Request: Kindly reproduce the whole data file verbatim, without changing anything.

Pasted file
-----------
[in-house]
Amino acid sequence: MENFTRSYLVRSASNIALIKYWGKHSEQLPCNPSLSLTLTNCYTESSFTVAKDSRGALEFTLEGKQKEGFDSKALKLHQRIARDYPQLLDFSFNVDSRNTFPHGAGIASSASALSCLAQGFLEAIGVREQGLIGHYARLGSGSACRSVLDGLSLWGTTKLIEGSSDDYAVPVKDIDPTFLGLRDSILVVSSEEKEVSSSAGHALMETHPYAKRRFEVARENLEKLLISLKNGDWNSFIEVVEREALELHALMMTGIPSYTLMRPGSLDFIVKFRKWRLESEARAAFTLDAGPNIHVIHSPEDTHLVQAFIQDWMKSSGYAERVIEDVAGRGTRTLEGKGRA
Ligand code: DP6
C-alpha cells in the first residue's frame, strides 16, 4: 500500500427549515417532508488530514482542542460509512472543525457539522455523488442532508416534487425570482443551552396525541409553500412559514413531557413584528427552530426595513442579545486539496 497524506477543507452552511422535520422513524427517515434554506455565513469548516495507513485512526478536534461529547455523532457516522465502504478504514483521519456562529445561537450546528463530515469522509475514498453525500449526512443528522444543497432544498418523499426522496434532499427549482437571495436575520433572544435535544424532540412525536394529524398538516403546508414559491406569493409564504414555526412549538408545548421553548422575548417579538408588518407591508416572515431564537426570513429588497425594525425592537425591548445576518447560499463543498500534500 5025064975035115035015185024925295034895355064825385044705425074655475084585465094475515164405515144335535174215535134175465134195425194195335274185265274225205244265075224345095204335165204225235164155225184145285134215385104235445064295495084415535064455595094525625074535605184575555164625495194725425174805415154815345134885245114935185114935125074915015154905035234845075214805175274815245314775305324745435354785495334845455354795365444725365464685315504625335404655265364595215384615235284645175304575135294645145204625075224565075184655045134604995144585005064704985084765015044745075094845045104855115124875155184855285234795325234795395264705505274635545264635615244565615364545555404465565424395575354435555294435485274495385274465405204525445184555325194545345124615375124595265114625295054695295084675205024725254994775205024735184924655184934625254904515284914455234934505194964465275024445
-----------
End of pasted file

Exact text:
[in-house]
Amino acid sequence: MENFTRSYLVRSASNIALIKYWGKHSEQLPCNPSLSLTLTNCYTESSFTVAKDSRGALEFTLEGKQKEGFDSKALKLHQRIARDYPQLLDFSFNVDSRNTFPHGAGIASSASALSCLAQGFLEAIGVREQGLIGHYARLGSGSACRSVLDGLSLWGTTKLIEGSSDDYAVPVKDIDPTFLGLRDSILVVSSEEKEVSSSAGHALMETHPYAKRRFEVARENLEKLLISLKNGDWNSFIEVVEREALELHALMMTGIPSYTLMRPGSLDFIVKFRKWRLESEARAAFTLDAGPNIHVIHSPEDTHLVQAFIQDWMKSSGYAERVIEDVAGRGTRTLEGKGRA
Ligand code: DP6
C-alpha cells in the first residue's frame, strides 16, 4: 500500500427549515417532508488530514482542542460509512472543525457539522455523488442532508416534487425570482443551552396525541409553500412559514413531557413584528427552530426595513442579545486539496 497524506477543507452552511422535520422513524427517515434554506455565513469548516495507513485512526478536534461529547455523532457516522465502504478504514483521519456562529445561537450546528463530515469522509475514498453525500449526512443528522444543497432544498418523499426522496434532499427549482437571495436575520433572544435535544424532540412525536394529524398538516403546508414559491406569493409564504414555526412549538408545548421553548422575548417579538408588518407591508416572515431564537426570513429588497425594525425592537425591548445576518447560499463543498500534500 5025064975035115035015185024925295034895355064825385044705425074655475084585465094475515164405515144335535174215535134175465134195425194195335274185265274225205244265075224345095204335165204225235164155225184145285134215385104235445064295495084415535064455595094525625074535605184575555164625495194725425174805415154815345134885245114935185114935125074915015154905035234845075214805175274815245314775305324745435354785495334845455354795365444725365464685315504625335404655265364595215384615235284645175304575135294645145204625075224565075184655045134604995144585005064704985084765015044745075094845045104855115124875155184855285234795325234795395264705505274635545264635615244565615364545555404465565424395575354435555294435485274495385274465405204525445184555325194545345124615375124595265114625295054695295084675205024725254994775205024735184924655184934625254904515284914455234934505194964465275024445